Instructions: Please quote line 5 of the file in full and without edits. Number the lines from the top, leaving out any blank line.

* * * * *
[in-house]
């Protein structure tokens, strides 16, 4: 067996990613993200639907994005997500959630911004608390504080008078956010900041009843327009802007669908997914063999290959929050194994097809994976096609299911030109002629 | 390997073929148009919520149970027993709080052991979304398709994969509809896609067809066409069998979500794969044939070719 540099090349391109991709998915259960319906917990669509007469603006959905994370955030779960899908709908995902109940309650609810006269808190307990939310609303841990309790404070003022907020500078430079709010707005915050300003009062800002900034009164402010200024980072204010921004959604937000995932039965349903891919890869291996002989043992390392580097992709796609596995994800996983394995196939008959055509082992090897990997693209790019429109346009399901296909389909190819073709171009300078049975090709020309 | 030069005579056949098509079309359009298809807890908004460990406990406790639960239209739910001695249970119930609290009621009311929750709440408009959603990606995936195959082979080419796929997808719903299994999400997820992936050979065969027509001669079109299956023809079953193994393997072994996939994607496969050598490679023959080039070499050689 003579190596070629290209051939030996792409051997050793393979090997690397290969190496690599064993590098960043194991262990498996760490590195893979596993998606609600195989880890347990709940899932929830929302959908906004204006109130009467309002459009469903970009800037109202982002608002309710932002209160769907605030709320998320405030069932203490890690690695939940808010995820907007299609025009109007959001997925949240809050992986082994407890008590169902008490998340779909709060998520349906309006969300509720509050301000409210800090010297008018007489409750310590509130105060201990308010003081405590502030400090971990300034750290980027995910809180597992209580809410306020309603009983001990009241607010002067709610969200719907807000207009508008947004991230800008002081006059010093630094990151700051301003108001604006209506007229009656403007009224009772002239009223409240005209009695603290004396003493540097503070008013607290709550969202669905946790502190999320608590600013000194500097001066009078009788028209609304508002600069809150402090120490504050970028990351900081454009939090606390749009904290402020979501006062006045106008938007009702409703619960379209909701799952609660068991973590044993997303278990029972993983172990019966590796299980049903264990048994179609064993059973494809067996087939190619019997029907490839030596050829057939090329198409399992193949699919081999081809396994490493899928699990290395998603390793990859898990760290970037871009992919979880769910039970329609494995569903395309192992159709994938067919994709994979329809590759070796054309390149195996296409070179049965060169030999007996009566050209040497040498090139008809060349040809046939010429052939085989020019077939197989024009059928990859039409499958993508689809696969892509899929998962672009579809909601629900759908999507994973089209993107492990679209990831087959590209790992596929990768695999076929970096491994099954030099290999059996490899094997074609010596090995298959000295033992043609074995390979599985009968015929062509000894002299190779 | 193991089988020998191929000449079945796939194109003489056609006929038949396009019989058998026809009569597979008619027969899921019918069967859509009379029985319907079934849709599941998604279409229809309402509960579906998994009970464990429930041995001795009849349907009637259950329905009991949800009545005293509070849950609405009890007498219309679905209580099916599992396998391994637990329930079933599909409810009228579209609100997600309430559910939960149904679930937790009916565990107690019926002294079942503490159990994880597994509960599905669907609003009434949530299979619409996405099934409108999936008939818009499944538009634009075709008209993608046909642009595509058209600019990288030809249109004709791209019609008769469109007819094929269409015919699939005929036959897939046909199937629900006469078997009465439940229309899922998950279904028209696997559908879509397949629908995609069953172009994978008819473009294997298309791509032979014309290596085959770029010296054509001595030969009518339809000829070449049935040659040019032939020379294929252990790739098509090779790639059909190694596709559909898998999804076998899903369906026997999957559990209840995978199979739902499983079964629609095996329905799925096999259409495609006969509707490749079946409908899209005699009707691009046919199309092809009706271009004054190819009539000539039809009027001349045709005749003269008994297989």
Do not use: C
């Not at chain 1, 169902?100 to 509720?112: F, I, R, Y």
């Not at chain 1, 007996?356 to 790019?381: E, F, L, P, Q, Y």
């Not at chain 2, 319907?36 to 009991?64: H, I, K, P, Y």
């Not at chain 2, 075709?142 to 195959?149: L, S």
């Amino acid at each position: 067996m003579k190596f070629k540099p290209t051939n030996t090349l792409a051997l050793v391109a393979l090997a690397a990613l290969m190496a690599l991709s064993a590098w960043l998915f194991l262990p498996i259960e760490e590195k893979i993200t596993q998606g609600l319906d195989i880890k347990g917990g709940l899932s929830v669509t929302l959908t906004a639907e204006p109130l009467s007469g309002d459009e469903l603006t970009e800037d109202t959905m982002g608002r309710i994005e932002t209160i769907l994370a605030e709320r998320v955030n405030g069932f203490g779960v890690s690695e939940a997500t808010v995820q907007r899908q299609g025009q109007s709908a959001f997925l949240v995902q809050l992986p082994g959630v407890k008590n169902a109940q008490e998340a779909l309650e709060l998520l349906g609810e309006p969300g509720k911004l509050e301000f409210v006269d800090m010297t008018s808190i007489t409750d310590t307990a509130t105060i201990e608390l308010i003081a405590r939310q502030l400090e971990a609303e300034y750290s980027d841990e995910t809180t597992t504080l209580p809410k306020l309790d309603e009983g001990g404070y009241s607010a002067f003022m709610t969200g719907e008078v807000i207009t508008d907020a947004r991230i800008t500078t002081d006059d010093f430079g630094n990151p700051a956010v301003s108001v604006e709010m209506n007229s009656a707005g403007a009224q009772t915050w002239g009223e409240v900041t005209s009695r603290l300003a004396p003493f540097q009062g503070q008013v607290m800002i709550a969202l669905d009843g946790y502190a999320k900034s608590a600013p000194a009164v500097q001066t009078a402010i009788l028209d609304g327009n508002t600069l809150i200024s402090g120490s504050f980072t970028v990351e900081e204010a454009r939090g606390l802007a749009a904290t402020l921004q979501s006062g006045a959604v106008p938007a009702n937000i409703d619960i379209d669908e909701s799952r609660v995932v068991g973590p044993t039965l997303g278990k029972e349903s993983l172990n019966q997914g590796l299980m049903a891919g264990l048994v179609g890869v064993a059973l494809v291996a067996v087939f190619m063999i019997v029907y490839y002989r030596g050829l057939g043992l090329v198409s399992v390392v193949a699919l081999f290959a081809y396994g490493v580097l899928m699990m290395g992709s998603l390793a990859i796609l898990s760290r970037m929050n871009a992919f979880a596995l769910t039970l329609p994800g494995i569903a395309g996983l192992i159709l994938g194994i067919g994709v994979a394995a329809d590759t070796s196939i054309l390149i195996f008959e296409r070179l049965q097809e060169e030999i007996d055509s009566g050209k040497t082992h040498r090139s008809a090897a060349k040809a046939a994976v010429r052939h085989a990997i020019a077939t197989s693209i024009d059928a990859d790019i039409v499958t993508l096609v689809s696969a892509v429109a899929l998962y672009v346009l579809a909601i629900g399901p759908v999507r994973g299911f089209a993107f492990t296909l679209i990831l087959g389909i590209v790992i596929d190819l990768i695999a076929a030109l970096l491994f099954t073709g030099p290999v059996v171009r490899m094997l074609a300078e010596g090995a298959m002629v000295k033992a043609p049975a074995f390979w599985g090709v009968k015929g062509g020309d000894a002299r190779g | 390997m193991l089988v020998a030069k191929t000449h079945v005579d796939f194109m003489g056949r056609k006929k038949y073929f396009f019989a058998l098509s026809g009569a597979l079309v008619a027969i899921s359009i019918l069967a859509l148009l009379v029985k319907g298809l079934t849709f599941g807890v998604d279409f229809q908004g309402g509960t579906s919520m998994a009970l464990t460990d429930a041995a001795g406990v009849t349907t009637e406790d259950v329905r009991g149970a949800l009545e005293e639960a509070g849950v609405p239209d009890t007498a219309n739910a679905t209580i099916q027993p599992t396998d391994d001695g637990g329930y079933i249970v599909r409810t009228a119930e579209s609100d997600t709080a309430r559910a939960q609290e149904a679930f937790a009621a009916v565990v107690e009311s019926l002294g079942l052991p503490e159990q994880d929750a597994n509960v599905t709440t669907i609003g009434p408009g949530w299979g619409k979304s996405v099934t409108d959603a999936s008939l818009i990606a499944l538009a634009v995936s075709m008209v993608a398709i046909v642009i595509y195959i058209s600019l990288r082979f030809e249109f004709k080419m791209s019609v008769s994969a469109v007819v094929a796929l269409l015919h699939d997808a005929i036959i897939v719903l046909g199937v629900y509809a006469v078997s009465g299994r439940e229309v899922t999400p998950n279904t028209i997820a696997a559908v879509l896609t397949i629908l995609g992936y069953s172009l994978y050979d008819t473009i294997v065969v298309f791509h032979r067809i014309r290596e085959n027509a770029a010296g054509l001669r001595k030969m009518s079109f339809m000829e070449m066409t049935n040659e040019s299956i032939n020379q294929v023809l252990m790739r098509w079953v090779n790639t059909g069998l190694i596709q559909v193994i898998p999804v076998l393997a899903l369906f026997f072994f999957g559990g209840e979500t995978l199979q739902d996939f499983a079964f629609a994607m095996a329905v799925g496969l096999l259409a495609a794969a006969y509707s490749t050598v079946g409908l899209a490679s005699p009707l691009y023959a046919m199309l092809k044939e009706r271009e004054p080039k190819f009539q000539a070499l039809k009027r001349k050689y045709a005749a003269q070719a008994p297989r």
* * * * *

């Not at chain 1, 007996?356 to 790019?381: E, F, L, P, Q, Y």